“Of all the forms of inequality, injustice in health is the most shocking and most inhuman.”
These words which Rev. Dr. Martin Luther King, Jr. spoke in 1966 were accurate of the centuries prior and have sadly echoed in the decades since because of a persistent history of racism and bias in medicine.
In 1851, Dr. Samuel Cartwright contributed to the New Orleans Medical and Surgical Journal with a report on diseases Black Slaves face, including “drapetomania” – “the mental disease causing slaves to run away.” The implication was that seeking freedom was pathological. To justify slavery, scientific racism wrongly tried to prove that Black people were inferior to white people and there are examples of researchers comparing Black skulls and white skulls filled with buckshot in an effort to prove that Black people’s brains were smaller and less developed than those of White people inferring that they needed to be enslaved. These instances of discrimination in health and science, along with other erroneous facts published in medical journals, have contributed to a lack of equity in health care.
Then there is the story of Fannie Lou Hamer, a champion of justice in health care during the early 1960’s Civil Rights Movement. In 1961, Hamer went into surgery to have a uterine tumor removed, but while there she also received a “Mississippi appendectomy,” an involuntary hysterectomy that was not uncommon for Black women in the state at that time. This atrocity spurred her political action, which led to her helping found the Mississippi Freedom Democratic Party and getting Black Americans registered to vote for the first time. Her unfair and inhumane treatment from the medical field drove her to take action toward improving health care equity across the nation with her cry of “sick and tired of being sick and tired.”
Unfortunately, COVID-19 has highlighted racism in health care and disparities in health care outcomes for people of color. We still feel the effects of a long history of inequality in health care. This history has a lasting impact on Black Americans’ perceptions of themselves within the doctor-patient relationship, as well as a physiological toll of racism on physical health and mental health.
• Black children are more likely to get suspended than non-Black children for the same behavior and are thus more likely to not finish school. Level of education is a leading indicator of health.
• Racial trauma increases the likelihood of anxiety and PTSD occurring in Black individuals.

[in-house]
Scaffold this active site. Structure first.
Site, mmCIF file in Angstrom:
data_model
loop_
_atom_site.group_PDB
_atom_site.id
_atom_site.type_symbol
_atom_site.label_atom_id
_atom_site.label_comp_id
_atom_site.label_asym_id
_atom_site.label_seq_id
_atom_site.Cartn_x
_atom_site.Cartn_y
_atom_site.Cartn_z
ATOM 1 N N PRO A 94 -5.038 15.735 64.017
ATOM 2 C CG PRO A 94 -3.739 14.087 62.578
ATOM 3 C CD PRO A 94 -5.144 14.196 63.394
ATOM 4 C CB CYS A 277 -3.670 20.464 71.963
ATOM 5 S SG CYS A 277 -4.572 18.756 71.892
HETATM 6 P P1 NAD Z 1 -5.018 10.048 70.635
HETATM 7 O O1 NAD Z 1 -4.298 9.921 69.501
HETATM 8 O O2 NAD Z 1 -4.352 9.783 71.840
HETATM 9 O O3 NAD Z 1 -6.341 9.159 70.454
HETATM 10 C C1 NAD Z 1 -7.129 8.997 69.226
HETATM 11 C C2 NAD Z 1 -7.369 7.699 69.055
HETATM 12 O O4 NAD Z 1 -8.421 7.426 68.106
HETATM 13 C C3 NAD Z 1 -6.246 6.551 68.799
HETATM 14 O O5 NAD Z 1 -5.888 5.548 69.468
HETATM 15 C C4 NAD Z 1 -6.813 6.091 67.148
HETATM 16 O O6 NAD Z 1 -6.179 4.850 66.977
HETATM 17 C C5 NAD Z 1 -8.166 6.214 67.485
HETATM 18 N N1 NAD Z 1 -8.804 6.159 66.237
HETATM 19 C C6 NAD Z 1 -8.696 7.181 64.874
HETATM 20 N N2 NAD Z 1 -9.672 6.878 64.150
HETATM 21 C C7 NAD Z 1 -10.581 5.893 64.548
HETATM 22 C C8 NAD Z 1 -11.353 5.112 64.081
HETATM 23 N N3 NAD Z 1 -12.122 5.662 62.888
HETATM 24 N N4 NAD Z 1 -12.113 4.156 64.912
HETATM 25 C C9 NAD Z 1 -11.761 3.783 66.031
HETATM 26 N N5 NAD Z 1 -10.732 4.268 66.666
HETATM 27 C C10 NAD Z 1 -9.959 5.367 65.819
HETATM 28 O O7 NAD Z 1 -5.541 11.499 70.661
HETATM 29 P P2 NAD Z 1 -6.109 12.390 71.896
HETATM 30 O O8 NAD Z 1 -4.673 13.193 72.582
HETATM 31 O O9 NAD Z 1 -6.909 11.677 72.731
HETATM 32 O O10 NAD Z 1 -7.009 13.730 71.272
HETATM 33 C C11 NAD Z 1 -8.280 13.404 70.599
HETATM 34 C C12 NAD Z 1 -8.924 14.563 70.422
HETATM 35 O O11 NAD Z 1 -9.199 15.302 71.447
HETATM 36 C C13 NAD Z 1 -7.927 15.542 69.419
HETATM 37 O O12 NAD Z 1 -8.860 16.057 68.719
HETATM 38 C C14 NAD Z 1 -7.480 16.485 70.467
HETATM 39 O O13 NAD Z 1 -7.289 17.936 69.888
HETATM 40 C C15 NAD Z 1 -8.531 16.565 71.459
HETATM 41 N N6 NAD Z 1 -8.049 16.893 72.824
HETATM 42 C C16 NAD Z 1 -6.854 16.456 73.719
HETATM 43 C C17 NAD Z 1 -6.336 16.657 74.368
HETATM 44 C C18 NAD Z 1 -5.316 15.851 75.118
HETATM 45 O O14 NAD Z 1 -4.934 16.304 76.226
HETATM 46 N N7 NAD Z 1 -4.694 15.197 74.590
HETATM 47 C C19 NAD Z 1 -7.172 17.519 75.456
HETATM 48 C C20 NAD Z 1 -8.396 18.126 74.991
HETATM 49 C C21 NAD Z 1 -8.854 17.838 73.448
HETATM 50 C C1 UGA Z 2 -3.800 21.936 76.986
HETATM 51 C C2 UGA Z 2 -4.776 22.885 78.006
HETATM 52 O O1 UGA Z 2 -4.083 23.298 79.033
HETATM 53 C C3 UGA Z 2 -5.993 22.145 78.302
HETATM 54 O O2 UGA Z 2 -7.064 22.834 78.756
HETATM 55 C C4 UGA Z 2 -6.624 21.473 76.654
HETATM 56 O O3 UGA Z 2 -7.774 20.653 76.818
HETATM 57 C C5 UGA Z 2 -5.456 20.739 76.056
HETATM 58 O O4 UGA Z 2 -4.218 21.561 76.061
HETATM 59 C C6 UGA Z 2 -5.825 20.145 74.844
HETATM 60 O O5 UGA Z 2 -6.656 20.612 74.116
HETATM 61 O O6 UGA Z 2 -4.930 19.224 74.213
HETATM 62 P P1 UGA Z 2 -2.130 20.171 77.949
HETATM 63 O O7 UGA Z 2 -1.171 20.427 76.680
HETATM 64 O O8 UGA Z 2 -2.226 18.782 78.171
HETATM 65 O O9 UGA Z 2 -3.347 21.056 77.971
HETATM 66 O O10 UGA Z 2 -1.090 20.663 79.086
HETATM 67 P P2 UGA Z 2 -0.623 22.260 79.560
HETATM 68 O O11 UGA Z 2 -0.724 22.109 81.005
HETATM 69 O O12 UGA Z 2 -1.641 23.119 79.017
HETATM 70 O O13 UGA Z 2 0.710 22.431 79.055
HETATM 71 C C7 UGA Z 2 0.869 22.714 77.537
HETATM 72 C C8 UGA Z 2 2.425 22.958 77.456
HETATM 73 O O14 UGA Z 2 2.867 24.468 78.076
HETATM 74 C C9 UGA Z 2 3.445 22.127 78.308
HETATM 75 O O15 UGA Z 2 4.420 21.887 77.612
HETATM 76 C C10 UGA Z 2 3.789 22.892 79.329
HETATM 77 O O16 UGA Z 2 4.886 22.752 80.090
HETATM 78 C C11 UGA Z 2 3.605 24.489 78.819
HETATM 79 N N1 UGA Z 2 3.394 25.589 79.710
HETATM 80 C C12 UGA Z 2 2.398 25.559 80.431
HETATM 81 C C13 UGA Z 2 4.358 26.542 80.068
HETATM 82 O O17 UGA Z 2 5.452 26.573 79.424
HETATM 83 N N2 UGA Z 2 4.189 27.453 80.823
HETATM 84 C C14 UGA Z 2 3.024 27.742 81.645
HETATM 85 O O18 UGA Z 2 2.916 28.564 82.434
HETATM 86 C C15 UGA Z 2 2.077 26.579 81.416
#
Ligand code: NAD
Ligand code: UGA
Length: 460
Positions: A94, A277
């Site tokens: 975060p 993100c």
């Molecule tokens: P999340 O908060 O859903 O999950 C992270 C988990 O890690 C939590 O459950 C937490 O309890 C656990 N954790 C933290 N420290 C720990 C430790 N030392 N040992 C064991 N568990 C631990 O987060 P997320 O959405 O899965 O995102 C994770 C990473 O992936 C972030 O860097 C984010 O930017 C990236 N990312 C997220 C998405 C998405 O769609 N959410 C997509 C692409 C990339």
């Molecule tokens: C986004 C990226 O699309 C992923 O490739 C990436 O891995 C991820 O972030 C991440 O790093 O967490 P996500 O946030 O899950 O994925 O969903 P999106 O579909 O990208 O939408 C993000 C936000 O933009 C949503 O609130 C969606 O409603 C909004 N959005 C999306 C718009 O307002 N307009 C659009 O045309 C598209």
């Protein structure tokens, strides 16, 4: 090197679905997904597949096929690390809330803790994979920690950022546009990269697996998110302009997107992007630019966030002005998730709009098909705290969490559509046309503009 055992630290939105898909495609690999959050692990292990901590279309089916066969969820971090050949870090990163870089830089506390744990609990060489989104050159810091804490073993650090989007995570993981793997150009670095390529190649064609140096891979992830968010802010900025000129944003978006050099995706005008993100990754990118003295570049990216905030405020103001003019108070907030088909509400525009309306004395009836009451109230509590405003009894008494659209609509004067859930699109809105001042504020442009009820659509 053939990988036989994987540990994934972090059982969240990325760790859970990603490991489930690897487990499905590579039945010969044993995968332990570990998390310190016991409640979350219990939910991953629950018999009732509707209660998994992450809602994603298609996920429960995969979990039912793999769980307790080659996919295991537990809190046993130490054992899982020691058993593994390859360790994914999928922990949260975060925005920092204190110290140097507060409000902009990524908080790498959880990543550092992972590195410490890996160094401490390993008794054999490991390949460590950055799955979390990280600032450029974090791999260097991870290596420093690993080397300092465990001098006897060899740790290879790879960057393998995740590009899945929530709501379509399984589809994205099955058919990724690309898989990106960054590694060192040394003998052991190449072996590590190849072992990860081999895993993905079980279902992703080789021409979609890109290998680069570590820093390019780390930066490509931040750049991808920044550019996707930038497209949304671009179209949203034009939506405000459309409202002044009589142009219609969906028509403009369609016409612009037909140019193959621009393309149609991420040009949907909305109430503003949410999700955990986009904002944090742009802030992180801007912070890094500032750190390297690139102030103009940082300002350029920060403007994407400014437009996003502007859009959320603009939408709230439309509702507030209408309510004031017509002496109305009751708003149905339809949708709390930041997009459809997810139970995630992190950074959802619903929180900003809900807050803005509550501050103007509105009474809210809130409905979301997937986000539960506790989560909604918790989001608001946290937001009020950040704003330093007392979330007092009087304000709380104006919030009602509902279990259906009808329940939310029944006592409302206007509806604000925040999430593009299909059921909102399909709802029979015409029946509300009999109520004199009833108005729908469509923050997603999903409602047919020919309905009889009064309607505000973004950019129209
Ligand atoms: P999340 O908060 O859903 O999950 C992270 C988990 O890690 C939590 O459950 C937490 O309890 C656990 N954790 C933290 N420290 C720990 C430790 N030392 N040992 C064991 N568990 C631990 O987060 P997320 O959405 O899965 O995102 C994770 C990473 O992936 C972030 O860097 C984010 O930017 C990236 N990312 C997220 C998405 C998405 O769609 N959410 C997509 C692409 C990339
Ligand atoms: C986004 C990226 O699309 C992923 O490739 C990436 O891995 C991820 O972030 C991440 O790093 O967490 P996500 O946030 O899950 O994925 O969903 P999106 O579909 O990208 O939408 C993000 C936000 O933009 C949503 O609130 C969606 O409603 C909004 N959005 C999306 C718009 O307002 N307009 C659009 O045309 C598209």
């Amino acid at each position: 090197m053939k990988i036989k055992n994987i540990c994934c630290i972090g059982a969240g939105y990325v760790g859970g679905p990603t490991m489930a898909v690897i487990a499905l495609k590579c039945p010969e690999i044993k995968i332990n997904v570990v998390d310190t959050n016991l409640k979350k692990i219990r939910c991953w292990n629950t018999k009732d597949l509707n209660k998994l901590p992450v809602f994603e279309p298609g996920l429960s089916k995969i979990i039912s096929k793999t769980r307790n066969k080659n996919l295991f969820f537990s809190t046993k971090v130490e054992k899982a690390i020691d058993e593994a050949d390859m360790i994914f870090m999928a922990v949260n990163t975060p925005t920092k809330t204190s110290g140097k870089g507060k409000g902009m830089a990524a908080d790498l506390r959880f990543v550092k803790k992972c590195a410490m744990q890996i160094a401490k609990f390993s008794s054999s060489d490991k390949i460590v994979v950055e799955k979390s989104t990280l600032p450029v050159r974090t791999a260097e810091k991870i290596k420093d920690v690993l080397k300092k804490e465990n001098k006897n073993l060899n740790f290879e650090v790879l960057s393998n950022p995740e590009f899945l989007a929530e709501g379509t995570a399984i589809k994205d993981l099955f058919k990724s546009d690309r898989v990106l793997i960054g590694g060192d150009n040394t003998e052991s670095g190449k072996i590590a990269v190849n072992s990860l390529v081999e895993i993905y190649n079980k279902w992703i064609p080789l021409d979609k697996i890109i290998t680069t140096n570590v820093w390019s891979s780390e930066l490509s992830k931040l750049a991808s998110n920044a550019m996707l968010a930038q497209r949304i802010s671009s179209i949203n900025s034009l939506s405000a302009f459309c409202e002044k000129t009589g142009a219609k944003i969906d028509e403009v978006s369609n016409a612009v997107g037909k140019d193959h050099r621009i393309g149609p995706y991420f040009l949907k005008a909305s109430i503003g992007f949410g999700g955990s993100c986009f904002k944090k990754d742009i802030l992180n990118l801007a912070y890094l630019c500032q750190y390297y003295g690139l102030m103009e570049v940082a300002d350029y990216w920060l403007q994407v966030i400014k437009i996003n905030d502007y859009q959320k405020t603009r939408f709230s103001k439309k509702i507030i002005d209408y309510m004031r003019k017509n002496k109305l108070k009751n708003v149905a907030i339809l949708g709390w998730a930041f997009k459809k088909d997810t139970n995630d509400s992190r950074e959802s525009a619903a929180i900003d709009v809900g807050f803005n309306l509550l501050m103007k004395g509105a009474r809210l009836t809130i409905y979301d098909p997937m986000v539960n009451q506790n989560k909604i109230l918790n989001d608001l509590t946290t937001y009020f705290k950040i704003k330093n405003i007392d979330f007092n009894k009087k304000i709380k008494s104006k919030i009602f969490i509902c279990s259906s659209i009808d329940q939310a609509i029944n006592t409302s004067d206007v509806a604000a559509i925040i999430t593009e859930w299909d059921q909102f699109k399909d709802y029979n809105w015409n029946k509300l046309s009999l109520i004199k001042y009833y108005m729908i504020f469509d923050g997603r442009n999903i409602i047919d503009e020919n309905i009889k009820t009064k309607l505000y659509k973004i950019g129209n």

• 42% of Black adults report workplace systemic racism and discrimination.
• Trauma experienced by pregnant Black women can affect the brain of the fetus, priming a child for an earlier onset of depression and anxiety.
Eradicating systemic racism can truly improve the economic and healthcare outcomes of everyone.
Everyone, healthcare professional or not, can help by exercising cultural humility — a pursuit of self-reflection in which an individual examines their own experiences to better understand the experiences of others. An important aspect of cultural humility is being aware of and mitigating your own biases. Extend yourself by learning the personal experiences of people who are different than you.
• Take time to reflect on your own biases and how they affect your worldview.
• Ask about someone’s experience with racial trauma and educate yourself on the history of racism and healthcare inequality.
• Be consistently willing to evaluate and change.
• If you see someone in need of assistance or treated unfairly, advocate for them.
• For healthcare providers, when delivering care, ask questions that will empower clients and patients to feel like they’ve engaged in their outcomes.
On this MLK Day of Service, I am grateful for the strides in healthcare justice illuminated by Dr. King, Fannie Lou Hamer and countless others, and look forward to eliminating health care disparities and an increase in cultural humility that will lead to better care for Black Americans.
Janet Taylor, MD, MPH, is a Community Psychiatrist at Centerstone, a not-for-profit health system providing mental health and substance use disorder treatments to people of all ages.